In Fort Worth, Texas, Stuart Schuster, president of Marvin Electronics Company, in early October counted his family’s 60-year-old, single-store, audio/video retail business as being “very fortunate.” “This year and last year have been the highest amount of repossessions and foreclosures in Tarrant County, yet we don’t really see a lot of that,” Schuster said
Marvin Electronics stopped selling appliances 30 years ago, and now concentrates on the mid-to-high end a/v customer. While it does some work for builders, early all of its custom installation business is performed directly for the homeowner. “We see people being cautious, but I don’t have customers that have had foreclosures on their homes at all,” he said.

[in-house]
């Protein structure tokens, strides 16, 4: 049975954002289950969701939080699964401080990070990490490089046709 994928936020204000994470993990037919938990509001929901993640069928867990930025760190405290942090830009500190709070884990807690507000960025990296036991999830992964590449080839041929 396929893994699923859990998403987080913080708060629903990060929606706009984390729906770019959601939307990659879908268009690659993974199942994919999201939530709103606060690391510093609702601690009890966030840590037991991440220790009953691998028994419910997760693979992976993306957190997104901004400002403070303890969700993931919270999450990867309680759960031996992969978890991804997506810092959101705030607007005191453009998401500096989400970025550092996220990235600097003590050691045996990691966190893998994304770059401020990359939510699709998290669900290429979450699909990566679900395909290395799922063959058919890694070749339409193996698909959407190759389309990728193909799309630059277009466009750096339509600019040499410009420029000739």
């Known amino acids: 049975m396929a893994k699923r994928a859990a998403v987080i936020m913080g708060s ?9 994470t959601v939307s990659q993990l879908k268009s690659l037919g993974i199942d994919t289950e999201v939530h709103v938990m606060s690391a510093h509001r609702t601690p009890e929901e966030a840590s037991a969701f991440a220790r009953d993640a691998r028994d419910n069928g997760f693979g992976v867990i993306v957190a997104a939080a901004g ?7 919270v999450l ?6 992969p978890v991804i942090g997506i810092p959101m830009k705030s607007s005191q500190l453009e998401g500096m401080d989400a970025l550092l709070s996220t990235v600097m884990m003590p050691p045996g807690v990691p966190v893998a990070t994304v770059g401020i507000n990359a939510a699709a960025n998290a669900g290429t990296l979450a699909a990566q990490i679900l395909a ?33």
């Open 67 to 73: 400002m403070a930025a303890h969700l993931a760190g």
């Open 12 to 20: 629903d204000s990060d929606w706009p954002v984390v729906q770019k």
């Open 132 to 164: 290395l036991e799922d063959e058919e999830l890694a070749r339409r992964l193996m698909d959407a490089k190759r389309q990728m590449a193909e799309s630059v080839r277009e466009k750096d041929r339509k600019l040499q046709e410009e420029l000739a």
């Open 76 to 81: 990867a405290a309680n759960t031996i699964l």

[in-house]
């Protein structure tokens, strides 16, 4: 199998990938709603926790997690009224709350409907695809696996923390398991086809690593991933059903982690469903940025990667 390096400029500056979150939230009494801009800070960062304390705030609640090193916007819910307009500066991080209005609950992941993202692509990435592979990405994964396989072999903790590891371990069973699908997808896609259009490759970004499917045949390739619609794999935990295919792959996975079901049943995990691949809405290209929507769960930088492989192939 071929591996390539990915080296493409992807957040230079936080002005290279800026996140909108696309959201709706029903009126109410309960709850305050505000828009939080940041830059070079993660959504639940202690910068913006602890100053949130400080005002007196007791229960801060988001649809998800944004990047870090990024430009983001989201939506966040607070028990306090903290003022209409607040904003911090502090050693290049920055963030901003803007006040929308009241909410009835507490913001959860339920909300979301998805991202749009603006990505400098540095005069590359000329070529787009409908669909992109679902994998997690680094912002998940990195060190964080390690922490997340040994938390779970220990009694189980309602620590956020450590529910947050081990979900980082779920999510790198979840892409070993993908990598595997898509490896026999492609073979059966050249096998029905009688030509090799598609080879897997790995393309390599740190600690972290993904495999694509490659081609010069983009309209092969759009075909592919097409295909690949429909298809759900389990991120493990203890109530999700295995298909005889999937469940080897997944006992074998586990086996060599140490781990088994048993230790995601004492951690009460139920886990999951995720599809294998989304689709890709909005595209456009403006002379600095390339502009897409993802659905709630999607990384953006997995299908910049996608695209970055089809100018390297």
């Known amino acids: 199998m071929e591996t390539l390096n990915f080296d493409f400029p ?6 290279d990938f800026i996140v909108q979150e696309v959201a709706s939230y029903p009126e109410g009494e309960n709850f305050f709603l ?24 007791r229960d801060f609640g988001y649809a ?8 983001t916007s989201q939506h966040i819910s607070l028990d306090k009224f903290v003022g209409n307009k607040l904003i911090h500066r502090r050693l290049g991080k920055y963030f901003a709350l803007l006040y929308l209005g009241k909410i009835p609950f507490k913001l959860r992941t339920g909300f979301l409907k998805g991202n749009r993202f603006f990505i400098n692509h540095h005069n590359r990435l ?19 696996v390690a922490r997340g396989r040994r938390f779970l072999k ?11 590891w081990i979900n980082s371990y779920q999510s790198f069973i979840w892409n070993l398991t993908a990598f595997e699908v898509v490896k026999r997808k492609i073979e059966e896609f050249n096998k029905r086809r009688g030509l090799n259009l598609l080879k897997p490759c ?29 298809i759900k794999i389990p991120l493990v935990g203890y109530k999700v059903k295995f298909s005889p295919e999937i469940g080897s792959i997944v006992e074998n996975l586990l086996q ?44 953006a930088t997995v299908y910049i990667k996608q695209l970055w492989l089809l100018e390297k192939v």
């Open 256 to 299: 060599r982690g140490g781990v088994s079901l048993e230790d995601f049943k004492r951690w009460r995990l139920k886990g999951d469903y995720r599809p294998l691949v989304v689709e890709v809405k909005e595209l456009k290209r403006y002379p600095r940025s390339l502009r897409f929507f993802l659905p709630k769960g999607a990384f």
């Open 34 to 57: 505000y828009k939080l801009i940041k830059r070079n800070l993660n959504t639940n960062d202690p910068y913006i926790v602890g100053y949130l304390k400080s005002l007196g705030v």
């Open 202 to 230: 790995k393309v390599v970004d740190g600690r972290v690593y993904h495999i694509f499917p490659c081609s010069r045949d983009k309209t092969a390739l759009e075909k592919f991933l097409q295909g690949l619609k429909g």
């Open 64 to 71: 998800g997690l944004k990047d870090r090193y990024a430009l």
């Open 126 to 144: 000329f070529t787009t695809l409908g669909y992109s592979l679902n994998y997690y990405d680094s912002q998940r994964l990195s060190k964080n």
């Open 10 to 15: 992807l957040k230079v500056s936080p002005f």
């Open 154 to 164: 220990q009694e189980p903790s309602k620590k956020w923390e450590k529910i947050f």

Positive CE trends, however, can’t whitewash how a tanking housing market has hurt appliances and furniture sales. The industry rule of thumb is that one new home generates the sale of five major appliances. Turmoil in the mortgage finance system in August led to an 8.3 percent drop in sales of new single-family homes for the month, according the U.S. Commerce Department. Sales of new homes dropped nationally to an annual rate of 795,000 units, 21.2 percent below a year earlier. Housing starts in August were down 19.1 percent from a year earlier, the lowest level in 12 years.